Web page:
Have you ever looked at a person and your first thought was, “I wonder if they are a great conversationalist?” My guess is no. Rarely do we ever see a visual and immediately assess the worth of its content. We will assume, (albeit however dangerous) that you have a viable business concept. I will also assume that once your company is up, that you will want a website and/or native app so that people can find you. The point of these items is to create something that will be visually enticing. For a new company, your messaging will change. However, no one will see your new content if you haven’t first captured their eye.
When a customer deals with a great user interface (UI), more times than not, they find somebody to share it with. It is sharing that creates more organic impressions. Those impressions will eventually turn to leads. Those leads, if we’re just playing a numbers game, will eventually turn to sales. Obviously content is still important, however, a great UI is one of the few things that can still help translate into sales in spite of other factors.
People are always looking for the next great thing. When they find a great UI, something that is simple, fluid, and intuitive, they tend to believe that the company is of a higher caliber than one with better “content” but lesser design. That is because in today’s world, people are reading for content less, and observing more. Often what people see and interact with is as important, if not more so, than what they read.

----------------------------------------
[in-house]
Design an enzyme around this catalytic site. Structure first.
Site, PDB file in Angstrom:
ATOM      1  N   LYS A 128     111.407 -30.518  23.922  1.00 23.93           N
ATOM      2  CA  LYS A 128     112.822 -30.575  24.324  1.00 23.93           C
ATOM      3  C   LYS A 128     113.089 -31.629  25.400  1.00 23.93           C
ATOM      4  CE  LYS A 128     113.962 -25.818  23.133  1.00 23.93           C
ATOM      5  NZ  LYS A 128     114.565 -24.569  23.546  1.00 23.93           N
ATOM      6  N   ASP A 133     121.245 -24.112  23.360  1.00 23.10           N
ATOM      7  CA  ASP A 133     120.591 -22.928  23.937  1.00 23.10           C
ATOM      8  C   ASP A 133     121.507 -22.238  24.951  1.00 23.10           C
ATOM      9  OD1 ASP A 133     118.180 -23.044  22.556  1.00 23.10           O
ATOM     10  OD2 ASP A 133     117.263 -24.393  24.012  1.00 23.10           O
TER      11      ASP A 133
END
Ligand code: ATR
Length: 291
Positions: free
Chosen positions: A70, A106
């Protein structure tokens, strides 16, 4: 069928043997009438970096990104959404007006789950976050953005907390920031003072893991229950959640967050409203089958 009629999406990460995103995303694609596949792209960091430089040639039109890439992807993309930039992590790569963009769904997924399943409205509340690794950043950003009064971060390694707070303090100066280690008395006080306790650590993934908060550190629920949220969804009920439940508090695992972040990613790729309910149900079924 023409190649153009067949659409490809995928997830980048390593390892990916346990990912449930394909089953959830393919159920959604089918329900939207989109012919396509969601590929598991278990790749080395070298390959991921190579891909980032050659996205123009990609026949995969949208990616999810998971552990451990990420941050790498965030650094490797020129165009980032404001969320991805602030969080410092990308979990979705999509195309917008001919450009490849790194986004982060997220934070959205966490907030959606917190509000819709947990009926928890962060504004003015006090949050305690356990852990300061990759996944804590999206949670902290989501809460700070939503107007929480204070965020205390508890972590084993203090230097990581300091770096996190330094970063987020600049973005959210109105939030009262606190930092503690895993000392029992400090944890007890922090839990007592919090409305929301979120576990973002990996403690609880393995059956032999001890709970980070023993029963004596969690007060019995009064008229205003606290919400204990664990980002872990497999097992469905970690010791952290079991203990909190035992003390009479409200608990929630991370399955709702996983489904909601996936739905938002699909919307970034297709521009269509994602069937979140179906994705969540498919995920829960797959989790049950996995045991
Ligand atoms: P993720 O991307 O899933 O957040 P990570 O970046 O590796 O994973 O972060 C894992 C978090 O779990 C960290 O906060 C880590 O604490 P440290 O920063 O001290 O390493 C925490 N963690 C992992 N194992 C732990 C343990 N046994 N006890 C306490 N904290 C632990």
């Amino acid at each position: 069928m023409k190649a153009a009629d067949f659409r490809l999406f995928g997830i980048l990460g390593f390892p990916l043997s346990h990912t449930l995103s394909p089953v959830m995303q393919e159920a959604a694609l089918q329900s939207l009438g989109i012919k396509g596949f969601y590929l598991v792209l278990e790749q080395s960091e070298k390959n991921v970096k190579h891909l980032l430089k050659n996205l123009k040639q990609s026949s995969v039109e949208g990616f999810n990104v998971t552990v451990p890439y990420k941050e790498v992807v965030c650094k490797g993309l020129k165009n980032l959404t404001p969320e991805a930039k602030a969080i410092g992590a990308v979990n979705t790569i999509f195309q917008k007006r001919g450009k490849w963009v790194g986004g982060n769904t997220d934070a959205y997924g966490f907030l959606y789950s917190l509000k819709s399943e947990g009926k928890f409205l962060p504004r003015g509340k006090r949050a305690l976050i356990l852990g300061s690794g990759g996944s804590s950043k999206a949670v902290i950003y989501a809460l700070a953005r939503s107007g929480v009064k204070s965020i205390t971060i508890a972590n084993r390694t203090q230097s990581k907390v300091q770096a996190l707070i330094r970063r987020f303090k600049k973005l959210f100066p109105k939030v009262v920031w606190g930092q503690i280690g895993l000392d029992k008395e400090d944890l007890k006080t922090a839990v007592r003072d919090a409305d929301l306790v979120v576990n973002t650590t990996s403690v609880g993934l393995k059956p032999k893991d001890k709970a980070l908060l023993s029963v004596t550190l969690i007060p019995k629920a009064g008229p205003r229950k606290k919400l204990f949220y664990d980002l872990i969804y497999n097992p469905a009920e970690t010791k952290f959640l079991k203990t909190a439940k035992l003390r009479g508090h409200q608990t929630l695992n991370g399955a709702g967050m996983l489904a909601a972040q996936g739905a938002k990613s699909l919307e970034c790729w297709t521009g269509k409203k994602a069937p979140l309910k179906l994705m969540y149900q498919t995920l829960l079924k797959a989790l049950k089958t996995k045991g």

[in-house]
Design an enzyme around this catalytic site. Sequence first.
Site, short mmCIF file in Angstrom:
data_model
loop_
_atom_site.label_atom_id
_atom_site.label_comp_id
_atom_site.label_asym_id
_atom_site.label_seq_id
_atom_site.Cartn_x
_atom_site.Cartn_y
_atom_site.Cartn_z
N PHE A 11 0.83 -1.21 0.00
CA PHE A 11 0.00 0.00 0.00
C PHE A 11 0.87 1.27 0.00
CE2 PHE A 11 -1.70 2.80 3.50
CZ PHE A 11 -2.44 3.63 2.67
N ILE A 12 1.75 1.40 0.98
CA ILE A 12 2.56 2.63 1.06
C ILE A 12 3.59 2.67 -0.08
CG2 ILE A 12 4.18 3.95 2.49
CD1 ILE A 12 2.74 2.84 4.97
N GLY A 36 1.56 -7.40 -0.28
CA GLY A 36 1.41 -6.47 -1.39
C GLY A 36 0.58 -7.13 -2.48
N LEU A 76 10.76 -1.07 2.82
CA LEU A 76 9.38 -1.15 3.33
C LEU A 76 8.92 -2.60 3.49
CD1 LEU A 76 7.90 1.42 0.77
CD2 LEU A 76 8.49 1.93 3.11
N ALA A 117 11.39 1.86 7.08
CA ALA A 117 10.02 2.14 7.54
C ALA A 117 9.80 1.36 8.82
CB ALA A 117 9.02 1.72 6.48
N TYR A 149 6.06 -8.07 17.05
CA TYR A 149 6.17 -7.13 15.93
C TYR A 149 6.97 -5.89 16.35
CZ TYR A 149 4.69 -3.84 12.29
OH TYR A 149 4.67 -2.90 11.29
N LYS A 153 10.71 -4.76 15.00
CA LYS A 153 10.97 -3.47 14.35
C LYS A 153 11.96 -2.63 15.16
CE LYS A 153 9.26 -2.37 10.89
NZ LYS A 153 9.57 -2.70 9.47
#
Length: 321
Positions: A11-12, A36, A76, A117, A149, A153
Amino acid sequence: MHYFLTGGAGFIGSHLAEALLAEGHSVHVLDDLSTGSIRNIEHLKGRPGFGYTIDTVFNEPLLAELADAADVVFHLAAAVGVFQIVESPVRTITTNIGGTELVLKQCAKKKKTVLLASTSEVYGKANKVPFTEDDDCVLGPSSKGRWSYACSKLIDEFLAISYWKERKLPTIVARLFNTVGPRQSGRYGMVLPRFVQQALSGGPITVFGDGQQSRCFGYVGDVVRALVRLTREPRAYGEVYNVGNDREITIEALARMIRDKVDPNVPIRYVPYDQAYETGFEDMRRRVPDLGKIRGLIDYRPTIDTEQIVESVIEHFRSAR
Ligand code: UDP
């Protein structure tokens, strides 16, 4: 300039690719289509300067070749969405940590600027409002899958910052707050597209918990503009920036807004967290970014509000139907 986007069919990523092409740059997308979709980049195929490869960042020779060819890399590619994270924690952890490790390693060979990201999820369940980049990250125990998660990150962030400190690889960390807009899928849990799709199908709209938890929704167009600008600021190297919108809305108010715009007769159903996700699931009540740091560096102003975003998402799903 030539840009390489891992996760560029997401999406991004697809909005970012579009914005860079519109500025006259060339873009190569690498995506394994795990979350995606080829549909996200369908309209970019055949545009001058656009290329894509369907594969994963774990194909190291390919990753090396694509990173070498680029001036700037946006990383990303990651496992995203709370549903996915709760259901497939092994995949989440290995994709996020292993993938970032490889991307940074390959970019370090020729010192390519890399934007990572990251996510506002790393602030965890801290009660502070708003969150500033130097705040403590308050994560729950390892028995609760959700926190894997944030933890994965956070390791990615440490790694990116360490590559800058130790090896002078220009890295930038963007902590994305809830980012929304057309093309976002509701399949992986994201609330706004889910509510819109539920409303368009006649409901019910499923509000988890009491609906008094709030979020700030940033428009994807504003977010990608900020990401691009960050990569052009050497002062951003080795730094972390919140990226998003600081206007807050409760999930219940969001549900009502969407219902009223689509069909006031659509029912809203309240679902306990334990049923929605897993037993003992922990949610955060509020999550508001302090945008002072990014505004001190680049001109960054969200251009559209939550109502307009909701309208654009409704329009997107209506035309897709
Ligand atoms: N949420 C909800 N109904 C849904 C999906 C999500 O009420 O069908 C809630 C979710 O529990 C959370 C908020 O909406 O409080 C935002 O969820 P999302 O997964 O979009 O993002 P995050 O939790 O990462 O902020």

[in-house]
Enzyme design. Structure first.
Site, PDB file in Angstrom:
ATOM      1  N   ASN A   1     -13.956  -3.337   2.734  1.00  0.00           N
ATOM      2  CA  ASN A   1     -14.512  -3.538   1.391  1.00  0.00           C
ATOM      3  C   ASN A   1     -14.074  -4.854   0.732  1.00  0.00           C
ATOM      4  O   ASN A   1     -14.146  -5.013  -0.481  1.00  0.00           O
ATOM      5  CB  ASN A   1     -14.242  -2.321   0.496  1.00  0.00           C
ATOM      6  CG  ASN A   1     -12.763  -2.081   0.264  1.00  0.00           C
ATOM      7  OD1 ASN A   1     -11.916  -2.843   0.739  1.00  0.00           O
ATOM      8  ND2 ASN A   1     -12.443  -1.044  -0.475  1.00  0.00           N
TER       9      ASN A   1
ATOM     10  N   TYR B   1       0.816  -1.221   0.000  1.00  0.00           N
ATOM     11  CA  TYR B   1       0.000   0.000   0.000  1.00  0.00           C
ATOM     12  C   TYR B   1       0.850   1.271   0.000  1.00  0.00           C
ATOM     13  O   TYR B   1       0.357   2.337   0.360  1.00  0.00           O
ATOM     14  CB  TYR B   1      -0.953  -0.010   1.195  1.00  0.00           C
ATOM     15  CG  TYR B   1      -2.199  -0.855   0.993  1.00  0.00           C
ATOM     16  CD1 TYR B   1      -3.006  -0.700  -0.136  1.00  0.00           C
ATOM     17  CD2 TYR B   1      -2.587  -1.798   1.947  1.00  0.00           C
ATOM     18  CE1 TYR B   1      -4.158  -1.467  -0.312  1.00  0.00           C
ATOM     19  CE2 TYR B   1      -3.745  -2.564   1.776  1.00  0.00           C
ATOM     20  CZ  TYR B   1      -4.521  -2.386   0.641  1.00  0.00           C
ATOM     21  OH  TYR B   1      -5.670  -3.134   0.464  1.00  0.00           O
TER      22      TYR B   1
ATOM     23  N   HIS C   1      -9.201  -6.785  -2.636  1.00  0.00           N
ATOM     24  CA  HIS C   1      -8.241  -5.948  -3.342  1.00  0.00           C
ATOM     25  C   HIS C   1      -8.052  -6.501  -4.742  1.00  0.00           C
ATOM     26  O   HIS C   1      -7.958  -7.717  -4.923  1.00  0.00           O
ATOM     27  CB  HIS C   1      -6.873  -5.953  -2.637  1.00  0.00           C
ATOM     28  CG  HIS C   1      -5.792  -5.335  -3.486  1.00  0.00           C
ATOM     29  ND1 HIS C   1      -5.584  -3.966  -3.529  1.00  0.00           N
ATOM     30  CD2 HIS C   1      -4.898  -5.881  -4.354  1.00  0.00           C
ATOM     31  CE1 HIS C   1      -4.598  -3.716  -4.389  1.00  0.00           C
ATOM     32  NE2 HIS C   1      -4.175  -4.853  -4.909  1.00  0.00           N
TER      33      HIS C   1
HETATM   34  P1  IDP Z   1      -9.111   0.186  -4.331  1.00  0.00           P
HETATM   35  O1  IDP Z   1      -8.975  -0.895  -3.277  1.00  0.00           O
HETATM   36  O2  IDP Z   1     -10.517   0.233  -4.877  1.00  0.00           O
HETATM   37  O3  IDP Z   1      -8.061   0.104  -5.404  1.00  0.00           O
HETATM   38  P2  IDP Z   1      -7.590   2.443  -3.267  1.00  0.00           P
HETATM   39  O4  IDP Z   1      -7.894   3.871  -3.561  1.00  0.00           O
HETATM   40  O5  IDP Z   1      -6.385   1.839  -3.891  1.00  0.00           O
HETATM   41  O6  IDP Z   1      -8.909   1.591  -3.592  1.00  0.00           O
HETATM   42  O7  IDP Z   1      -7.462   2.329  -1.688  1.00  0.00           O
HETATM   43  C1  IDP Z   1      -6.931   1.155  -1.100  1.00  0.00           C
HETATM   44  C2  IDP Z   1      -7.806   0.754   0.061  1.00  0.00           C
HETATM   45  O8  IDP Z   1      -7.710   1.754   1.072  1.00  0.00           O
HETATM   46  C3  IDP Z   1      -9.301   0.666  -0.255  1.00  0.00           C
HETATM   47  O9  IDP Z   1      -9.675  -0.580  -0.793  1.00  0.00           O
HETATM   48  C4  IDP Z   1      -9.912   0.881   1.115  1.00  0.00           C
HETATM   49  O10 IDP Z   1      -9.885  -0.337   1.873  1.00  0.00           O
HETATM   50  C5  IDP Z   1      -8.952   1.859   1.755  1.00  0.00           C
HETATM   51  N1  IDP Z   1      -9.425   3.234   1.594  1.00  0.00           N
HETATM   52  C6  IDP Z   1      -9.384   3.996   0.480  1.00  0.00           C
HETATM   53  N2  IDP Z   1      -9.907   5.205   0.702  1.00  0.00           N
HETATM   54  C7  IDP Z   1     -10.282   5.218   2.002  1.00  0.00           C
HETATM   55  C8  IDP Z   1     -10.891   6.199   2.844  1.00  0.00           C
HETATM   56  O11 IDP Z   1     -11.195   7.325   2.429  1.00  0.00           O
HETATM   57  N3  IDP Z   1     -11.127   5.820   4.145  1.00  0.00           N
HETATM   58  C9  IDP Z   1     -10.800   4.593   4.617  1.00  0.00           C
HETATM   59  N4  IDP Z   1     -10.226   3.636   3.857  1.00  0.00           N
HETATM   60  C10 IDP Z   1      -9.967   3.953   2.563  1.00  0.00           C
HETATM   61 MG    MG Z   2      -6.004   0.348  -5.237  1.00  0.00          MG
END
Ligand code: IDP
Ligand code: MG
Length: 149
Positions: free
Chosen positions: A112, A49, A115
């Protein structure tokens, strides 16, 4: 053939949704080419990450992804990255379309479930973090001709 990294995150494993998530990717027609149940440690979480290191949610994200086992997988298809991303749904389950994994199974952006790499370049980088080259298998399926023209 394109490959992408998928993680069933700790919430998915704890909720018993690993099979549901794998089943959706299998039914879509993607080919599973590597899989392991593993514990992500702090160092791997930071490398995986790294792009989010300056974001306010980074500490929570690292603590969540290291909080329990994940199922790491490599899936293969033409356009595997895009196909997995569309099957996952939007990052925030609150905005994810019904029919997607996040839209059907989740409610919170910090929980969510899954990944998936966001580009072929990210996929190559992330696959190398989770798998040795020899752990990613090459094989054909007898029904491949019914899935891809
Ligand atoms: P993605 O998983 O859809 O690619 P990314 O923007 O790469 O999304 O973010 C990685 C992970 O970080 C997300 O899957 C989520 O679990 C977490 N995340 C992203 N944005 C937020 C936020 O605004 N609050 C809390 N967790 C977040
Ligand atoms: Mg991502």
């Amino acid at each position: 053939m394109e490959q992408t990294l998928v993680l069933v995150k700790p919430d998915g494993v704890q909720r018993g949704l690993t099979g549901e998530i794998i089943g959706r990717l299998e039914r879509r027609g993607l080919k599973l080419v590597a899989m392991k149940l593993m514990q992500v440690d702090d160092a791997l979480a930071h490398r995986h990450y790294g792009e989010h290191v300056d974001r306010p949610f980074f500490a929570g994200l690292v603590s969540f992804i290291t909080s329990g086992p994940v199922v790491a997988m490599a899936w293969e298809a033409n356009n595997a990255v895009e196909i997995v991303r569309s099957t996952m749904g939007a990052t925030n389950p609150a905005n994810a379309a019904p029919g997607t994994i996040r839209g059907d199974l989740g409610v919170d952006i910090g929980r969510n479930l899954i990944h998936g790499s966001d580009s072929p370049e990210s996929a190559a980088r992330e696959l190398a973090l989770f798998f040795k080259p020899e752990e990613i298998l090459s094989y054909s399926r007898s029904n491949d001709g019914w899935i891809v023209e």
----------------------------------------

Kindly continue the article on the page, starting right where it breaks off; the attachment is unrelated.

As we move more into a digital age than ever before, just remember that what the user experiences when interacting with you will be a major deciding factor. Being that content is ingested in multiple ways, on several devices, we must manage the entire spectrum. The web UI should be just as flawless on a computer as it is on a mobile device. We must provide a certain level of continuity between each. If not, the first impression that is created may be your last.